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Possible Duplicate:
Underscore in List.filter

This works (as intended):

List(true, false, true).filter(_ == true).foreach(println)

but I can't write it this way:

List(true, false, true).filter(_).foreach(println)

Why?

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marked as duplicate by sschaef, DaoWen, om-nom-nom, Alexey Romanov, Jean-François Corbett Nov 23 '12 at 8:11

This question has been asked before and already has an answer. If those answers do not fully address your question, please ask a new question.

    
Related: stackoverflow.com/questions/13518677/… – om-nom-nom Nov 22 '12 at 23:41

@sshaef is right, this is a duplicate. The linked answer is really verbose though, so here's a simple answer:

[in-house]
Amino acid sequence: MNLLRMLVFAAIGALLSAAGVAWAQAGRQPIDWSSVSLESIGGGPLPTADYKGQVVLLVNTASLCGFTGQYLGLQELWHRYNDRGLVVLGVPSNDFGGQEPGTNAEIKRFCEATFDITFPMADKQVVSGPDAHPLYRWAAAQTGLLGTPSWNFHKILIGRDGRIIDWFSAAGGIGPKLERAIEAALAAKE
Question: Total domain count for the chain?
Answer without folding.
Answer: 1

You expect list.filter(_) to expand to something like list.filter(x=>x), but instead the Scala compiler treats it the same as list.filter _, which is completely different. The result is a partially-applied filter on your list instead of filtering your list with the identity function. This is obvious when you try it in the REPL:

scala> List(true, false, true).filter(_)
res0: (Boolean => Boolean) => List[Boolean] = <function1>

scala> List(true, false, true).filter _
res1: (Boolean => Boolean) => List[Boolean] = <function1>

scala> List(true, false, true).filter(x=>x)
res2: List[Boolean] = List(true, true)

scala> List(true, false, true).filter(identity)
res3: List[Boolean] = List(true, true)

scala> List(true, false, true).filterNot(!_)
res4: List[Boolean] = List(true, true)

Notice how the last case works because we include the ! operator in front of _, so it knows you're using it as an anonymous argument rather than using it to partially apply the function.

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Just for another angle, depending on what your goal is, this is just as short and concise:

for(a <- List(true, false, true) if a) println(a)
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